SETF is proud to facilitate Mazen Al-Hummada in his visit to the United States throughout the month on October. Mazen is featured in Sara Afshar's film, Syria's Disappeared, addressing the search for justice for victims of war crimes by the Assad regime and the hundreds of thousands of people who have been disappeared into these notoriously torturous prisons.
Please don't miss your chance to catch Mazen Al-Hummada at one of the events listed below.
For questions about Mazen's visit please contact our director of outreach by emailing firstname.lastname@example.org
Mazen Al-Hummada was born and raised in Deir Ezzor, Syria. He has been an activist since the earliest days of the revolution, when he began organizing pro-democracy rallies and documenting the brutal repression of demonstrations. In 2012, government security forces arrested Mazenfor trying to smuggle baby formula into a besieged suburb of Damascus. He was detained twice and brutally tortured for nearly two years in Syria’s most notorious torture facilities featured in the "Caesar" photos, just kilometers from downtown Damascus. Upon his release from jail, Mazen returned briefly to Deir Ezzor, but fled Syria once he became a target for ISIS. He eventually escaped Syria and lives in Europe. Mazen continues his efforts to shine light on the human rights abuses in Syria. Mazen has been instrumental in working with prosecutors to document and catalog evidence of the Assad regime’s systematic torture.
CBC's "The Fifth Estate" has released a documentary film covering the search for justice to victims of Bashar al- Assad and his allies' crimes against the people of Syria. The film includes testimonies from survivors of torture in Syria's prisons and also features "Ceasar's" first television interview. The Syrian Emergency Task Force facilitated in organizing interviews and providing materials used in this documentary film.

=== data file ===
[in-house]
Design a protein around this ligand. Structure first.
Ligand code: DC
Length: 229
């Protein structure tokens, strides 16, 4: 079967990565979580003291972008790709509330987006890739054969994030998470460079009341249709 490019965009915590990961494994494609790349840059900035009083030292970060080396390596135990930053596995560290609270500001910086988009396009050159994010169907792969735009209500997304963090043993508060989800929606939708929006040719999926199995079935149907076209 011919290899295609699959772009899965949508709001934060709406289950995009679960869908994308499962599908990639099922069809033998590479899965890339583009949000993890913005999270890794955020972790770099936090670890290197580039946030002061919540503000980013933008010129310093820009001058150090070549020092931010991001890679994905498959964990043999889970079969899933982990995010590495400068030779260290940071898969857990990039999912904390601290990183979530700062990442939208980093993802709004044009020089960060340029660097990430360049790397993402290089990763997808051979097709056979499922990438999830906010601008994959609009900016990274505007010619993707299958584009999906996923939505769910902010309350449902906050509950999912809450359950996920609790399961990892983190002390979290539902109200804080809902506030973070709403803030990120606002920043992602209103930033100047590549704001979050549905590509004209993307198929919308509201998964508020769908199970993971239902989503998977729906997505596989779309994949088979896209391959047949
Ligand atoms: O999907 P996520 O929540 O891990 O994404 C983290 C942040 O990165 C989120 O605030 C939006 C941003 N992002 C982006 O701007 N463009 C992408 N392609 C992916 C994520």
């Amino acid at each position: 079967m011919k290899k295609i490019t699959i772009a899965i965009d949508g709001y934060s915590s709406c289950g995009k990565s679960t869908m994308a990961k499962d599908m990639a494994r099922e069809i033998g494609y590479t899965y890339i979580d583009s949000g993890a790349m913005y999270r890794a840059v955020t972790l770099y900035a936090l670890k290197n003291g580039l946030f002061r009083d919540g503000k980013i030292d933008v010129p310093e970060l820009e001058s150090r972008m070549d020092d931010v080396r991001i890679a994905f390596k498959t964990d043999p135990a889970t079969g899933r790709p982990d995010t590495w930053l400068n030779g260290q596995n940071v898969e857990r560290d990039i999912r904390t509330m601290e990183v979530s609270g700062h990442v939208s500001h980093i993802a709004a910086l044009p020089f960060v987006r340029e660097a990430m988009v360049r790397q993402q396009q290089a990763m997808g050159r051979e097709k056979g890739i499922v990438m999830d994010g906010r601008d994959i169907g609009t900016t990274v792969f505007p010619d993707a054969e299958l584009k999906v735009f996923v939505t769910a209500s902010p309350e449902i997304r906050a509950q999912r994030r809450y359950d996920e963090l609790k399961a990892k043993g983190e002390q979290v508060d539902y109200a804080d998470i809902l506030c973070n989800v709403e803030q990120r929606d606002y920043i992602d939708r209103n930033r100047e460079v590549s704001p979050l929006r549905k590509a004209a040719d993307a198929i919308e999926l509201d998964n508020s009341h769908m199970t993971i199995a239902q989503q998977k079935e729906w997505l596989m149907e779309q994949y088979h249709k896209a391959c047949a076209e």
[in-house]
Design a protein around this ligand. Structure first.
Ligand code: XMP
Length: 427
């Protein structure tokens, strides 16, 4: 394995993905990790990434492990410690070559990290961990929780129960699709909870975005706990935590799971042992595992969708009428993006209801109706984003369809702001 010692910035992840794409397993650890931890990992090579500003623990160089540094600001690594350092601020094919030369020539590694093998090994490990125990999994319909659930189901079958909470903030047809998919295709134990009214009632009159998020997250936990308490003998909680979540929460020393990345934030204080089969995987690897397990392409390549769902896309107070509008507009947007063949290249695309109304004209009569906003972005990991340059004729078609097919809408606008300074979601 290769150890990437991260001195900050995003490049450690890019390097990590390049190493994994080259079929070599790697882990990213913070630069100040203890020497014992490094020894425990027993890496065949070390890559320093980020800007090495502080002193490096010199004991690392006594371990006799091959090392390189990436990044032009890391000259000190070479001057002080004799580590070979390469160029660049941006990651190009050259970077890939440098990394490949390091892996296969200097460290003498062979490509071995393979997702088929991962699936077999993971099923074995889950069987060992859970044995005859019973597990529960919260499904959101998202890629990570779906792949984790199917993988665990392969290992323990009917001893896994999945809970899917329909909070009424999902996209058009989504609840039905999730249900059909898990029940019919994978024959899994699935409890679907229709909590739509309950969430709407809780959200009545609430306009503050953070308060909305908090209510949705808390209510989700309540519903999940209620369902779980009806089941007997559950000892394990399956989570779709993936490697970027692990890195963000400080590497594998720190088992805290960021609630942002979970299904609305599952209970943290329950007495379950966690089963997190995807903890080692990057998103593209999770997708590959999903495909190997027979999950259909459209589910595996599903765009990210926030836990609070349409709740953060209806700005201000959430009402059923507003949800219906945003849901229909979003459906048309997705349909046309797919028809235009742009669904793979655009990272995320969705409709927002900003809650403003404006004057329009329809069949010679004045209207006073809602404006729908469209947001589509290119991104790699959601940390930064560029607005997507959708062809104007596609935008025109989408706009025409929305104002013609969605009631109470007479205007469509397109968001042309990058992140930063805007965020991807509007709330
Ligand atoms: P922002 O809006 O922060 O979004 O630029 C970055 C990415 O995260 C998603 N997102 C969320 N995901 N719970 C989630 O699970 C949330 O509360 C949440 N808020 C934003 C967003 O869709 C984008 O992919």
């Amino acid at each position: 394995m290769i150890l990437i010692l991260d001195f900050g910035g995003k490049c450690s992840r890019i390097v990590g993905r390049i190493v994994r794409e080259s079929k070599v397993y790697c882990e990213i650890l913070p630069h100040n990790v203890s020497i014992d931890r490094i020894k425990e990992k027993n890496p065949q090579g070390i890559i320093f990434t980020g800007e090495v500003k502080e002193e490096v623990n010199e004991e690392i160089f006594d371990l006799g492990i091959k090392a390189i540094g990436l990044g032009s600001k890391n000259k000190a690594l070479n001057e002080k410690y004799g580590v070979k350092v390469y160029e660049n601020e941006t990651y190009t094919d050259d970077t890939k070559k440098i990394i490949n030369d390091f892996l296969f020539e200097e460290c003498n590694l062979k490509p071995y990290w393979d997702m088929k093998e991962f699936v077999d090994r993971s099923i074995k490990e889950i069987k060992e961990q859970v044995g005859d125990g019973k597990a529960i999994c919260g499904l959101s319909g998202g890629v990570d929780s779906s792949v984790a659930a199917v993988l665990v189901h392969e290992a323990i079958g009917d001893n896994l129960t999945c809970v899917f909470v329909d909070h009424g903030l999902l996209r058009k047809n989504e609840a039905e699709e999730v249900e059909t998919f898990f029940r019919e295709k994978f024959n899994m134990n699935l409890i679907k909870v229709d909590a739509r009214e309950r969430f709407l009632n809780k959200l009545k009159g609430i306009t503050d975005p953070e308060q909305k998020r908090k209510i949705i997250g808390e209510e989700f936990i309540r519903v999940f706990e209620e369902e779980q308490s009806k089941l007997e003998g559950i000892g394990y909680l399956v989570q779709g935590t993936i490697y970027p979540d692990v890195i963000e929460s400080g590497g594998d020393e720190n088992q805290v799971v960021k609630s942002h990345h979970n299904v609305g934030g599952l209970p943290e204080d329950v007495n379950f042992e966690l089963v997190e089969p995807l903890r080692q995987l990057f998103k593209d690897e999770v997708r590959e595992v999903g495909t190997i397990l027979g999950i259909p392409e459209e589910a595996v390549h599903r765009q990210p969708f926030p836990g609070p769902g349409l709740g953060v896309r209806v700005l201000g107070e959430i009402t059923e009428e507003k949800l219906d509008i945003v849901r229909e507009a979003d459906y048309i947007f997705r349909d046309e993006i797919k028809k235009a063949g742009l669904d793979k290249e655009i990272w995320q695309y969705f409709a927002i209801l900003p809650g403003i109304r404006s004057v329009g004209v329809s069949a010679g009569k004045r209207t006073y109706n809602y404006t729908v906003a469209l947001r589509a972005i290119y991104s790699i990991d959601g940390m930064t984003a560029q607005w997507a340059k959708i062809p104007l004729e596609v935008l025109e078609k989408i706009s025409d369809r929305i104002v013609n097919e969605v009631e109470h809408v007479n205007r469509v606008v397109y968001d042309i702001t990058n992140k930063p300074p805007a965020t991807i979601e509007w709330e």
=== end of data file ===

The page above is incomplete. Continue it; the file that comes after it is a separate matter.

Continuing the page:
On The Fifth Estate, The Truth Smugglers, the story of the people in Syria who risk their lives to smuggle out photographs and thousands of pages of secret official documents, hoping they will lead to the conviction of Bashar al-Assad for war crimes.
They are crimes a regime wants to keep secret: tens of thousands of Syrians have “disappeared” in the past six years of civil war, swept away to government prisons and detention centres to be interrogated, tortured and worse.
Released to youtube on Setpember 29, 2017, we tell their stories --and the people who risk their lives to expose the truth about these and other human rights abuses: A government clerk who smuggled out thousands of pages of secret official documents. A photographer who took photographs of the people tortured and killed under regime custody and then fled. And a Canadian in a secret location in Europe whose team has collected three tonnes of documents, hoping they will lead to the conviction of Bashar al Assad for war crimes.
September 29, 2017 Adam Kinzinger, Fox News
Since the ceasefire in Syria agreed to by President Trump and Russian President Vladimir Putin in the summer, news reports on the Syria conflict have become blips on the radar and scarcely reported. However, just because we aren’t hearing about new atrocities committed by the brutal dictator Bashar Assad and his allies doesn’t mean the atrocities have stopped.
In the past two years, the Syrian conflict has shifted from a war for hope and opportunity to one in which Russia and Iran continue to prop up their evil ally Assad, while also killing innocent people with impunity.
Recently I read a Fox News article on the torture Syrians face inside Assad’s prisons in Syria, and shared it on my Twitter page. As I read some comments on my tweet, I realized that yet again, this is just one of many stories that the Assad regime will deny and then utilize its sympathizers across the world to lambast as “fake news.” Read full article here.
FILE -- Children sit outside their damaged house at the mountain resort town of Zabadani in the Damascus countryside, Syria, Thursday, May 18, 2017. A U.S. airstrike struck pro-Syrian government forces for the first time, hitting a convoy in the desert near the border with Jordan, U.S. officials and Syrian activists said, an apparent signal to President Bashar Assad to keep his forces out of a zone where U.S.-backed rebels are fighting the Islamic State group. (AP Photo/Hassan Ammar)